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To: DannyTN

But you still should not refer to the Chairman of the Fed as an enemy.


9 posted on 08/23/2019 10:22:22 AM PDT by bagman
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To: bagman

Probably not... but if you wanted to get across your level of frustration with the FED...that’s one way of doing it.


18 posted on 08/23/2019 10:26:14 AM PDT by DannyTN
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To: bagman

The risk of putting rates too low is that you could drive up inflation or the economy overheats and creates some imbalance somewhere that has to be dealt with.

The real effects of keeping rates too high is that the country can’t borrow as cheap and so our debt service payments remain high. That directly affects the Federal Current Deficit, impacting future debt levels.

I’m with Trump. Lower those interest rates, keep the economy humming, make it easy to reinvest here in the US. Give Trump room to negotiate trade wars.


25 posted on 08/23/2019 10:31:37 AM PDT by DannyTN
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To: bagman

Calling the Chairman of the Fed “an enemy” maybe isn’t nice, but would you rather Trump say “deep state collaborator”? It’s sure looking that way.


26 posted on 08/23/2019 10:33:19 AM PDT by sanjuanbob
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To: bagman

But you still should not refer to the Chairman of the Fed as an enemy.

Why? If he’s issuing edicts that don’t help our economy than he IS an enemy.


44 posted on 08/23/2019 10:50:38 AM PDT by Pravious
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To: bagman
But you still should not refer to the Chairman of the Fed as an enemy.

Especially when the Fed Chairman is the person you, in your infinite wisdom, personally selected

54 posted on 08/23/2019 11:21:23 AM PDT by llevrok (Vote, while it is still legal!)
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To: bagman
I would suggest you read this book. "The Creature from Jeykell Island" by G. Edward Griffin. It can be down loaded as a PDF.

You will find that the Federal Reserve has never been a friend of the United States or its people.

It was designed to protect the New York and Eastern Bankers from their bad lending practices.

It has never been audited. No one knows how much money it has printed or where a lot of it has gone.

65 posted on 08/23/2019 12:26:32 PM PDT by Parmy
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To: bagman; All
"But you still should not refer to the Chairman of the Fed as an enemy."

Please consider the following perspective on the Fed.

When Constitutional Convention delegate Ben Franklin suggested adding canals to the Postal Roads Clause (1.8.7) of Congress's constitutional Article I, Section 8-limited powers, probably for commerce purposes, his fellow delegates discussed it.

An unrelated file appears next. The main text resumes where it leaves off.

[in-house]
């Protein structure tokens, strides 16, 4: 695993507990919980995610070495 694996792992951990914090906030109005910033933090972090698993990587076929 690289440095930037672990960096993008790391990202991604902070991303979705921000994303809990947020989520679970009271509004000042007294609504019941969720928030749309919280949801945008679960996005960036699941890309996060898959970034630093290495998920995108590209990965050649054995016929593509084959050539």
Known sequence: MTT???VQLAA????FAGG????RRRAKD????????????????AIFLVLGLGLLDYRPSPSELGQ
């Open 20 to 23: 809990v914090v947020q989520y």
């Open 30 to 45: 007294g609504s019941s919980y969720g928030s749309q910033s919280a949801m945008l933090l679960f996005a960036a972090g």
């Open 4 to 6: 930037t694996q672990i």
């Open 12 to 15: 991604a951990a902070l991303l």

"Article I, Section 8, Clause 7: To establish Post Offices and post Roads[, Canals];"

Ultimately, they decided that if the states accepted Franklin’s suggestion, then being able to build canals would also give Congress a good excuse to imply federal banking powers under the “Necessary and Proper Clause” (1.8.18). But since some delegates felt that their bank-owner associates in the colonies wouldn’t want federal regulation of private banks, they dropped Franklin’s suggestion for canals.

“A proposition was made to them to authorize Congress to open canals, and an amendatory one to empower them to incorporate. But the whole was rejected, and one of the reasons for rejection urged in debate was, that then they would have a power to erect a bank, which would render the great cities, where there were prejudices and jealousies on the subject, adverse to the reception of the Constitution [emphasis added].” —Jefferson’s Opinion on the Constitutionality of a National Bank : 1791.

Noting that Franklin didn’t suggest banks but canals, by dropping his suggestion for canals because it would arguably justify Congress having the implied power to regulate INTRAstate banks, the delegates established that Clause 18-implied banking powers are an unacceptable means for Congress to achieve any of its peacetime, Section 8-limited powers imo.

In other words, Progressive Civil War Southerner President Woodrow Wilson wrongly ignored that he first needed to lead Congress to successfully petition the states for a banking amendment to the Constitution imo. Otherwise, the Fed would wrongly ignore state sovereignty.

Noting that Wilson was a popular president, he probably wouldn't have had a major problem with the states ratifying such an amendment imo.

Another problem with the constitutionally undefined Fed is this. The Constitutional Convention gave elected Congress the specific power to regulate the value of money.

"Article I, Section 8, Clause 5: To coin Money, regulate the Value thereof [emphasis added], and of foreign Coin, and fix the Standard of Weights and Measures;"

But by unconstitutionally delegating this power to a non-elected third party, the corrupt federal government weakened the constitutionally enumerated voting power of citizens (1.2.1 and 17th Amendment).

Corrections, insights welcome.

Remember in November 2020!

MAGA! Now KAG! (Keep America Great!)

78 posted on 08/23/2019 2:37:13 PM PDT by Amendment10
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To: bagman

“But you still should not refer to the Chairman of the Fed as an enemy.”

JFK accused the Fed of treason just before he died.


82 posted on 08/23/2019 4:06:09 PM PDT by odawg
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